Ashton Kutcher has just spoken about a recent health scare, claiming that he is ‘lucky to be alive’ after he was diagnosed with a rare form of vasculitis almost two years ago.
The autoimmune disorder left the actor without the ability to see, hear or walk, and took about a full year to recover from.
In a sneak peek of a new episode of Running Wild With Bear Grylls: The Challenge, Kutcher talks about his terrifying experience for the first time.
“Like two years ago, I had this weird, super rare form of vasculitis that like knocked out my vision, it knocked out my hearing, it knocked out like all my equilibrium,” he said. “It took me like a year to build it all back up. You don’t really appreciate it until it’s gone.”
Grylls praised Kutcher for being “strong and resilient,” and, despite the major health scare, Kutcher said it was an opportunity for him to reframe hardship as a chance to persevere.
“The minute you start seeing your obstacles as things that are made for you, to give you what you need, then life starts to get fun, right?” Kutcher explained. “You start surfing on top of your problems instead of living underneath them.”
What is vasculitis?
Vasculitis is an autoimmune disease that causes inflammation and narrowing of blood vessels, which restricts blood flow and can cause damage to the organs and tissue. There are several types, and it’s not clear which one exactly Kutcher suffered from, but there are a set of general symptoms.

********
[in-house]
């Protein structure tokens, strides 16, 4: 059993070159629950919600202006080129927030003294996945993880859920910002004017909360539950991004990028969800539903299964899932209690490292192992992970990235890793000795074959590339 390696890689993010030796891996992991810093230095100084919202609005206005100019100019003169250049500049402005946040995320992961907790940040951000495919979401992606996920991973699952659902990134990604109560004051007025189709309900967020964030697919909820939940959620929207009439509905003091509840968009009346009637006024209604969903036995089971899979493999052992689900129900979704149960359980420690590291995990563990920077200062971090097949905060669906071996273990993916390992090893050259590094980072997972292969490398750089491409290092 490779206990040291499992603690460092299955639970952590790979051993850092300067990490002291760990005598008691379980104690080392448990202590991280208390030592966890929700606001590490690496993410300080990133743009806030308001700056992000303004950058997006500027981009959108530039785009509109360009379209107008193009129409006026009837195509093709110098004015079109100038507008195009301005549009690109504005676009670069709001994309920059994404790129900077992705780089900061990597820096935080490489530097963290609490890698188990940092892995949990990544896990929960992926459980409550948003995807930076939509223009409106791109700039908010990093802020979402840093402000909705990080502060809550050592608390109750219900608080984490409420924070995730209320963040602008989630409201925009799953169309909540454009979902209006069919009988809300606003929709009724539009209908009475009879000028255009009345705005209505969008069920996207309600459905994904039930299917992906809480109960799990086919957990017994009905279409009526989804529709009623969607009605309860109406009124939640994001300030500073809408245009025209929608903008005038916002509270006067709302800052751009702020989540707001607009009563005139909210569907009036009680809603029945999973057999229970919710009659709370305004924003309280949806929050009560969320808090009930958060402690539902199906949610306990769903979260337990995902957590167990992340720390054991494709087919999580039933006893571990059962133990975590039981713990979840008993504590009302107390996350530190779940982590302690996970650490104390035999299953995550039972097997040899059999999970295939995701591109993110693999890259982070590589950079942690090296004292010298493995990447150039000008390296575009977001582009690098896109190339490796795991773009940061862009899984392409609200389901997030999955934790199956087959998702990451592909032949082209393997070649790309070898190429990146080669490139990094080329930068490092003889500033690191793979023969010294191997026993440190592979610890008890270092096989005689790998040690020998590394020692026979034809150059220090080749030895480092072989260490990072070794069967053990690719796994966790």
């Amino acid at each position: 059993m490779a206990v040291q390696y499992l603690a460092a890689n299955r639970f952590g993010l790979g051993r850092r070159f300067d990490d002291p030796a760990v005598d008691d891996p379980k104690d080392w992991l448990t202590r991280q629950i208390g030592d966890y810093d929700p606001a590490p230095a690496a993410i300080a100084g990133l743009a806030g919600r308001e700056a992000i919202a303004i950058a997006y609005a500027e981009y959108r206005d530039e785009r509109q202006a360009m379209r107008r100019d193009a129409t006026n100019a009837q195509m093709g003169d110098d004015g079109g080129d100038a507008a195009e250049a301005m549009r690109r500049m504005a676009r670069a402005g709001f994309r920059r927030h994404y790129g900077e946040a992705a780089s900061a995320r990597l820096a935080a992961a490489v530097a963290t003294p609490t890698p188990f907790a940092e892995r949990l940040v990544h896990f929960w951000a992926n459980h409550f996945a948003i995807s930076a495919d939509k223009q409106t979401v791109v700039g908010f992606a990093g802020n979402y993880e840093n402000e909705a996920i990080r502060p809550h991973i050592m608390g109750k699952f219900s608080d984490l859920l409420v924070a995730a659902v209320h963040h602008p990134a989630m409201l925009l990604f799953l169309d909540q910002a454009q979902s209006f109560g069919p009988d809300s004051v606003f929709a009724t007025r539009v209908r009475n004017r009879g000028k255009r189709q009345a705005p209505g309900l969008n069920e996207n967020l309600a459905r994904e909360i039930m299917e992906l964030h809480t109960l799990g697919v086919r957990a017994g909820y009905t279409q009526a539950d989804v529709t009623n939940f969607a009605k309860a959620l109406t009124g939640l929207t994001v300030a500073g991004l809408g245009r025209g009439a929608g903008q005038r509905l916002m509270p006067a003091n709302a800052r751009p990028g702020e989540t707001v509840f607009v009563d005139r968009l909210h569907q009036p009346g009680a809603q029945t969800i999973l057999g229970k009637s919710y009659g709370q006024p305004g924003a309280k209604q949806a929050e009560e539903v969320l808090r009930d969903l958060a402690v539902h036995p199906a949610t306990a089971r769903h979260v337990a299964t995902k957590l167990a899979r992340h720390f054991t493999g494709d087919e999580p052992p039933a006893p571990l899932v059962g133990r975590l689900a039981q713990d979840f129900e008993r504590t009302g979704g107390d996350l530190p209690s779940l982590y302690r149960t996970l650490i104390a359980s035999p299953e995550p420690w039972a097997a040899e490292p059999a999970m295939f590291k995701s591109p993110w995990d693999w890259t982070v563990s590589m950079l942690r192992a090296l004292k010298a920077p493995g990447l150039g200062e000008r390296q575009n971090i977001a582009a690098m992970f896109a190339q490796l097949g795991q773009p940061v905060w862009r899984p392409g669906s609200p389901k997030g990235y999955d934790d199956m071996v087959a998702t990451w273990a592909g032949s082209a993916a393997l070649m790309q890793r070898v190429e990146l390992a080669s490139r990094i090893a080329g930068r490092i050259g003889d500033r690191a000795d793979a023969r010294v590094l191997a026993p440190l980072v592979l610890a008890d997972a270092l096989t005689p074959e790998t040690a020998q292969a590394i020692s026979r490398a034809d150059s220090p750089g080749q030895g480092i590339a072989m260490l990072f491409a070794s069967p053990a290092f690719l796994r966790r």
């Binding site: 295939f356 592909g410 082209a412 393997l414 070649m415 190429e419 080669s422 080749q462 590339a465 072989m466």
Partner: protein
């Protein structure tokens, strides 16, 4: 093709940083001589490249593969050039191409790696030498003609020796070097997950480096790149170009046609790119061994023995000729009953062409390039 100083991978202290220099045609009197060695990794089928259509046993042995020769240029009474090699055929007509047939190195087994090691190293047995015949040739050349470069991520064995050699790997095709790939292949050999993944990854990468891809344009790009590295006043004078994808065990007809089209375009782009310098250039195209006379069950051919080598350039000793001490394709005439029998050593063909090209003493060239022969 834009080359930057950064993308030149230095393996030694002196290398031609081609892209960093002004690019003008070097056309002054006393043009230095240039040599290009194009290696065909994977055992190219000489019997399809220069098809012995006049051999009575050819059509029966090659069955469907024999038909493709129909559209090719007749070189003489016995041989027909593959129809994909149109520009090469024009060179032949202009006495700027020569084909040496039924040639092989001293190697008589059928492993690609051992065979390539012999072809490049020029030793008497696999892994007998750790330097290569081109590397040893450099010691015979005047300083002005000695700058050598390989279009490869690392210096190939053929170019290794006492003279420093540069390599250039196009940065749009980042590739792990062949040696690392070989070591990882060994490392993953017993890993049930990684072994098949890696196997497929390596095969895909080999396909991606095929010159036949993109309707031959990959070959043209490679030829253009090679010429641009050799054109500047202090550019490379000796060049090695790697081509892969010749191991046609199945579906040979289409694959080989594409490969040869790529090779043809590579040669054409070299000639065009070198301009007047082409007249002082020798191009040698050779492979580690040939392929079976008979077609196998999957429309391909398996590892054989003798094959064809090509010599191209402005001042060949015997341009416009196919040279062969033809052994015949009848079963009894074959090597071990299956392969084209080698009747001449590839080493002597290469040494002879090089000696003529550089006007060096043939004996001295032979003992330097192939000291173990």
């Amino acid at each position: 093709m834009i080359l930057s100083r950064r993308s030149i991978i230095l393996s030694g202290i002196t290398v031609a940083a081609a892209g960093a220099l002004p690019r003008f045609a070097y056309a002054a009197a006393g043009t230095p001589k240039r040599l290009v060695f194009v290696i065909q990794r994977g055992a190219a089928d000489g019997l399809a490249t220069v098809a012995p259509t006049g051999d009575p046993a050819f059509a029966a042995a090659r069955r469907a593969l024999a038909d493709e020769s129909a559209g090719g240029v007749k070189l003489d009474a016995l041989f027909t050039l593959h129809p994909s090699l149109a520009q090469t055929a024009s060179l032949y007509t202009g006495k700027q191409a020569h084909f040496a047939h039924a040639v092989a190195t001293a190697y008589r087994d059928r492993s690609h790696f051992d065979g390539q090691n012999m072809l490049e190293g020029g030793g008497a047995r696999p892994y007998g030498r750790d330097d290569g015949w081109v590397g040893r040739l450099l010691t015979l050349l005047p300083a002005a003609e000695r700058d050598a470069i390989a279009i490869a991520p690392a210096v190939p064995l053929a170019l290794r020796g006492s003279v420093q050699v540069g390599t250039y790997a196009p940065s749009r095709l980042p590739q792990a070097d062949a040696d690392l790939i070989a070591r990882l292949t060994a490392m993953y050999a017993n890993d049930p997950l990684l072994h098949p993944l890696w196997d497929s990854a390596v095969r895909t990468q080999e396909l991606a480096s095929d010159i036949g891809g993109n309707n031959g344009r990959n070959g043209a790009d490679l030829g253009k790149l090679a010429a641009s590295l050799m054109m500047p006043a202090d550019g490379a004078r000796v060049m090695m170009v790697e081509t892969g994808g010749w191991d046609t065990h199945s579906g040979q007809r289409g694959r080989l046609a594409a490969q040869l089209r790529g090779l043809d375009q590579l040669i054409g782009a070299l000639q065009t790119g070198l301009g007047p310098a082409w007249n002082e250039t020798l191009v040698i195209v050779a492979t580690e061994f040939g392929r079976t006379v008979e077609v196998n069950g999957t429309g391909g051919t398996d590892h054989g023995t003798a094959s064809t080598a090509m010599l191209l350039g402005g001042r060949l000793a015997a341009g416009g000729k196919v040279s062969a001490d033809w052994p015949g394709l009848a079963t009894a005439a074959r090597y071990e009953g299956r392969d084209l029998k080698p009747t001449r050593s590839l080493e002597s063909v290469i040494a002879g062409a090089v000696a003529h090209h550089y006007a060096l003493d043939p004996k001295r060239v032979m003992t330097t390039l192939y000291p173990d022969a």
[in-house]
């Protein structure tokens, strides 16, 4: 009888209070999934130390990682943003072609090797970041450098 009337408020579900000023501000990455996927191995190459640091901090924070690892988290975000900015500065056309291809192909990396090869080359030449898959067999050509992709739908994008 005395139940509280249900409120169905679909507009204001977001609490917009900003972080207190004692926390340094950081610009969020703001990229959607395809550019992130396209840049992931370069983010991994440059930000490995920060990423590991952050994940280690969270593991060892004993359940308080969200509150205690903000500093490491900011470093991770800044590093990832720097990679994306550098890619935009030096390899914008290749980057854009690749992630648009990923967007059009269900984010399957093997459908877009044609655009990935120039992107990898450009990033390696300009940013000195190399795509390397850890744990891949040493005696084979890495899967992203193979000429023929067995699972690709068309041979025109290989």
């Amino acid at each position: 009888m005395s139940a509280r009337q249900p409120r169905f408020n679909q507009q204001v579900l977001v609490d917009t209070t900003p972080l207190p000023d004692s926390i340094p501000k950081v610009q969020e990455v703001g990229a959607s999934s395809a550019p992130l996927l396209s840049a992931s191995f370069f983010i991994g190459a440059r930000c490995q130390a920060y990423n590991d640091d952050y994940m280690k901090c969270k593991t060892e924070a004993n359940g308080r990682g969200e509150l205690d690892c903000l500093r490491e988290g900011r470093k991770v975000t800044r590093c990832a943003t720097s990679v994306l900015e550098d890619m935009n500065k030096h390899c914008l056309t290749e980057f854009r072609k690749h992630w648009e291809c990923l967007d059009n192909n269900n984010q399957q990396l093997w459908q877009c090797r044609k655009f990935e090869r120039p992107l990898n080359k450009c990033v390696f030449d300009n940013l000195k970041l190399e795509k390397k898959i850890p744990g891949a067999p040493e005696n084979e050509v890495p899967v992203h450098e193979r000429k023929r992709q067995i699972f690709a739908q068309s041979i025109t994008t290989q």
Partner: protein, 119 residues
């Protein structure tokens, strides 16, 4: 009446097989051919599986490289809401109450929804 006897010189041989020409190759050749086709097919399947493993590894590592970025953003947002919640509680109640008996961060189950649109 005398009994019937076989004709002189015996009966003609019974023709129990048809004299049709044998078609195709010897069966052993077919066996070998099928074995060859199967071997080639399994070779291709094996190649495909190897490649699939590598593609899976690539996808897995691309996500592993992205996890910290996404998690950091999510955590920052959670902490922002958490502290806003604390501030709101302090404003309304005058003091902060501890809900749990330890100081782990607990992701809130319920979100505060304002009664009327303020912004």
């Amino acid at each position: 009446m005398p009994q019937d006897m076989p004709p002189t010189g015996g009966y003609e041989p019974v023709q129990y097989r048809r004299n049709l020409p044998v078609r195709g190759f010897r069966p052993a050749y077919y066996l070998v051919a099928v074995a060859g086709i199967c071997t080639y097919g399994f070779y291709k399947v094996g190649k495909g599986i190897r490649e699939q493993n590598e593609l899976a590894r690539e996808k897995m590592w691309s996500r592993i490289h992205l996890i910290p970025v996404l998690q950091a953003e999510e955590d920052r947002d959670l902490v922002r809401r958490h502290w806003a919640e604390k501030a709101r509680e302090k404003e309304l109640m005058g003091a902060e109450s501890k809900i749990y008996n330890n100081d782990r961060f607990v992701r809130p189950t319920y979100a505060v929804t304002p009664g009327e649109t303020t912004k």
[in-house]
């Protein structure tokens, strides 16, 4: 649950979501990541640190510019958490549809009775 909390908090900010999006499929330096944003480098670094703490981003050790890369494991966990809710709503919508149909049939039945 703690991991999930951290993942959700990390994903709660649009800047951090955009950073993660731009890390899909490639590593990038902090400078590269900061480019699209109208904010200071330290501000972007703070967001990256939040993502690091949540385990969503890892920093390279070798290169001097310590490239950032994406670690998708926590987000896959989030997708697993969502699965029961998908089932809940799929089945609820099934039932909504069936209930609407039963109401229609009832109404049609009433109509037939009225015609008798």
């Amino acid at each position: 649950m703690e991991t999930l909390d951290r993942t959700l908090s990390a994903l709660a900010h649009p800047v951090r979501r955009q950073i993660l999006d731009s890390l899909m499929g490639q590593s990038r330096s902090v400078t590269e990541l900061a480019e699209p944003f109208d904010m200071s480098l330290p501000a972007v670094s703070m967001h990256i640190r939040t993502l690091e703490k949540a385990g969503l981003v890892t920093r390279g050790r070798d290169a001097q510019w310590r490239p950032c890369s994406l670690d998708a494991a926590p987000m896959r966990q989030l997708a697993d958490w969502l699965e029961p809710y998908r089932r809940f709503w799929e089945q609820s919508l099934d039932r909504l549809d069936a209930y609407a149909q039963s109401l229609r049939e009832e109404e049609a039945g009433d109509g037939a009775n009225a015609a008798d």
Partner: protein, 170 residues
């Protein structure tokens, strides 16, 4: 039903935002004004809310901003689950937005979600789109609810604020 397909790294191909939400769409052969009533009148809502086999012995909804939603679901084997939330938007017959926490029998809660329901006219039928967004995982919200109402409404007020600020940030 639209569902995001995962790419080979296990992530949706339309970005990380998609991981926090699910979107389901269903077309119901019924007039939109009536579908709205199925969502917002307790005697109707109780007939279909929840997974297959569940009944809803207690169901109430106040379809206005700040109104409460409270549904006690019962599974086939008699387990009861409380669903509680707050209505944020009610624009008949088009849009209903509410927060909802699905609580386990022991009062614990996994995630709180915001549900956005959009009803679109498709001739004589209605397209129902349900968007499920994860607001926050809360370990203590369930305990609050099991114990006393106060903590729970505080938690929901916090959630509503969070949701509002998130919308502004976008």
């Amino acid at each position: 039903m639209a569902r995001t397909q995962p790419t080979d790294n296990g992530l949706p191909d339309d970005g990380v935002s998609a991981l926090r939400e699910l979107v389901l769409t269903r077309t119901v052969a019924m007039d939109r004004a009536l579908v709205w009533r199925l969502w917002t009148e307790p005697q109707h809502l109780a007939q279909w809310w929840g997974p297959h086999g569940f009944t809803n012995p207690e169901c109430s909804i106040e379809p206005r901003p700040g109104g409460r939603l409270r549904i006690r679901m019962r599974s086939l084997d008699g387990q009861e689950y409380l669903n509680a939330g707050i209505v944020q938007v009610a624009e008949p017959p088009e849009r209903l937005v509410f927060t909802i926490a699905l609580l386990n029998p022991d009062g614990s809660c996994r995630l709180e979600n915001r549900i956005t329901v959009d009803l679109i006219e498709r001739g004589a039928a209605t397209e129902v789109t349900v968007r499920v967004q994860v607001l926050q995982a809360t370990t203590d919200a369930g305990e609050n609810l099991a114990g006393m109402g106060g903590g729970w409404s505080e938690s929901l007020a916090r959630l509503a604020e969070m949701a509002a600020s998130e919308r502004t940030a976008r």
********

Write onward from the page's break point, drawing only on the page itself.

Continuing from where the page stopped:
According to the Mayo Clinic, symptoms may include weakness in the hands and feet, abrupt hearing loss or temporary blindness in one or both eyes, fatigue, loss of appetite/weight and rashes.
The disease is “relatively rare” and can affect people of all ages, according to the Australasian Society of Clinical Immunology and Allergy. Things like smoking, using narcotics and some medications can make a person more likely to develop the disorder.
As for how it’s treated, it depends on the severity of the case, but medicine can both reduce symptoms and help avoid flare ups and further complications. According to the NIH, if vasculitis responds to treatment, it can go into remission, a period of time when the disease is not active.